Tag Archives: Stressful Times

What The Heck Does A.E.D. Stand For?

You’ve seen these signs just about everywhere in public. They’re right here. Look below.


That’s a sign that says there’s an automated external defibrillator nearby. That’s comforting. Sort of. Assuming you dudes and dudettes know what an automated external defibrillator really is.

Basically, that’s a machine that will help you save a life.

Not only is this machine a literal life saver, it also is so easy that anyone who speaks English will be able to use it.

This device will talk you through the steps necessary to use it so you can electrically shock a person’s heart back into a normal rhythm.

Yeah, that’s right. You know in all those medical dramas, when the patient is circling the drain and the doctor starts telling people to charge. Then she starts rubbing these paddle together, yells to get clear and then presses the paddles to the patients chest? Then the patient convulses up into an arch?

That’s what this does. It sends a massive current of electricity through a dying patient, shocking the heart back to beating in a normal rhythm.

One quick note: the holiday season is one of the most stressful times of the year. Which means there are going to be a lot of people suffering through cardiac events. It might even be the person standing right next to you.

Instead of panicking, wouldn’t you rather know what to do? While this device might be automated and easy to use, people still need to put it to use if it’s going to do any good. Which means it’s up to dudes like you to know what to do.

Fortunately, this device is so easy to use, you can learn to do it just bey heading over to the Heart Rescue Now website and watching a short interactive video.

No, I’m not kidding. It’s that easy.

All you have to do is watch the video and, at certain appropriate points, click on one of two choices and you will know exactly what to do should this situation arise while you’re out in a public place.

You can save a life.

Spread the word. Let other people know about this website and learn how to use an A.E.D. You never know. You might be the person who needs help. And, if you do, let’s hope someone nearby has gone through this video.

Go there. Spread the word. Five minutes of your time is a really small price to pay to save a life.

— Richard

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Thank A Veteran

by Richard

Today, in America, we celebrate Veteran’s Day. This is the day we set aside to honor those of our fellow countrymen and women who have served time as part of our armed forces.

What with the wars in Afghanistan and in Iraq, as well as in various hotspots around the globe, we’ve owe more than ever to those past and present members of the Army, Air Force, Marines, Navy, Coast Guard and National Guard.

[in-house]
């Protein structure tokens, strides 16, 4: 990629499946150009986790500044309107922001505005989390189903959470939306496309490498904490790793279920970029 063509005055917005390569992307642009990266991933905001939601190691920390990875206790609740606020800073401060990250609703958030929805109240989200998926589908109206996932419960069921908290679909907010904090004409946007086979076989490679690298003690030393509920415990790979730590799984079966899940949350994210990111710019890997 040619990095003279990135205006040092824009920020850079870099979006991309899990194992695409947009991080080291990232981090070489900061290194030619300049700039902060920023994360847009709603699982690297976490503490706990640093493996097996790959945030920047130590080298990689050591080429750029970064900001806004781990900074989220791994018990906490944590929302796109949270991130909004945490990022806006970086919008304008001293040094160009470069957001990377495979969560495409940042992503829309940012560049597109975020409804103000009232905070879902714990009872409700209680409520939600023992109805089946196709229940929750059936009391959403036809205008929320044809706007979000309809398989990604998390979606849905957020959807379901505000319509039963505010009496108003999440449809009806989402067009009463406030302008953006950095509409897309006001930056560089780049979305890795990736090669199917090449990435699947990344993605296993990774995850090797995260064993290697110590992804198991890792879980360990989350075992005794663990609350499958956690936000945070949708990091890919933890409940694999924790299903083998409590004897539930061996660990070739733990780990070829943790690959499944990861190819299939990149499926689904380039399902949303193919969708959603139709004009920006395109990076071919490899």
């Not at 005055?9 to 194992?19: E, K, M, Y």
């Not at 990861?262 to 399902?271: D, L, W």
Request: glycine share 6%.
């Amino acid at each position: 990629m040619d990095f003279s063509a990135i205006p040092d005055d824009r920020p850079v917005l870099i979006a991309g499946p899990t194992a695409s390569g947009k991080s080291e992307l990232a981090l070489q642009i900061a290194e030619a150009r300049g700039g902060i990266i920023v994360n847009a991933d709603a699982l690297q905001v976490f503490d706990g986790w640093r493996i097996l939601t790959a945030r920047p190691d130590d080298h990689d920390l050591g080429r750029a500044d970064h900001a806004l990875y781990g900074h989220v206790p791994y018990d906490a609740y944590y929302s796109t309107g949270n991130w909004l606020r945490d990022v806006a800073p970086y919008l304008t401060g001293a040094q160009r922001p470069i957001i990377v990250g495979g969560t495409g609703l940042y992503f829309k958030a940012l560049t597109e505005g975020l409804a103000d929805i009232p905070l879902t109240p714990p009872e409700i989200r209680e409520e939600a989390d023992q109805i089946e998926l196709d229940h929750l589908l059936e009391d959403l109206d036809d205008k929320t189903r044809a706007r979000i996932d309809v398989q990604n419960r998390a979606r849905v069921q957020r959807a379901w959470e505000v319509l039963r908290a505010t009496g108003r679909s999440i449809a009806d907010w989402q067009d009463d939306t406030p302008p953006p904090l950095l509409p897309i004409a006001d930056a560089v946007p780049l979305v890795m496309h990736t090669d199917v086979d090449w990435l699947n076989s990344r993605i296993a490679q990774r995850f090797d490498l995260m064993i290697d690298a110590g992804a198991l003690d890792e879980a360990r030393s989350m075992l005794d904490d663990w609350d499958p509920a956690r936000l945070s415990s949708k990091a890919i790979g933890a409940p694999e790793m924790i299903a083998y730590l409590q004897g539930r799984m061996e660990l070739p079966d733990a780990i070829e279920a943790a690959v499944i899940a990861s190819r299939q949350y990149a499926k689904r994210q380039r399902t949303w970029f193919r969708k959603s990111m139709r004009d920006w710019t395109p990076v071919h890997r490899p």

While we’re celebrating all of those who served today, I’d like to set aside a couple of minutes to talk about those who gave even more. Thanks to advances in battlefield medical technology, we’re seeing more soldiers returning alive but seriously wounded from service abroad.

Which gives us the opportunity to help them. Just quickly google assistance and veteran and you’ll find plenty of organizations dedicated to helping our troops. I’d like to highlight a couple here to which you might want to donate.

Fisher House is an organization dedicated to providing “comfort homes,” built on the grounds of major military and VA medical centers. These homes enable family members to be close to a loved one at the most stressful times – during the hospitalization for an unexpected illness, disease, or injury.

The Wounded Warrior Project provides a number of services to the returning wounded and their families, including benefits counseling, caregiver retreats, family support and peer mentoring.

The USO is a nonprofit, congressionally chartered private organization that provides innumerable services to our troops, either on active duty or on leave. In addition to the well-known entertainments the organization puts on overseas, the USO does things as simple and powerful as welcoming home troops who arrive in airports all over the country, something my father-in-law (himself a veteran of the Marines) does almost every week.

Take some time and provide some support, dudes. If you can’t get out and do the work yourself, you can easily donate some money to help out these and other worthy organizations.

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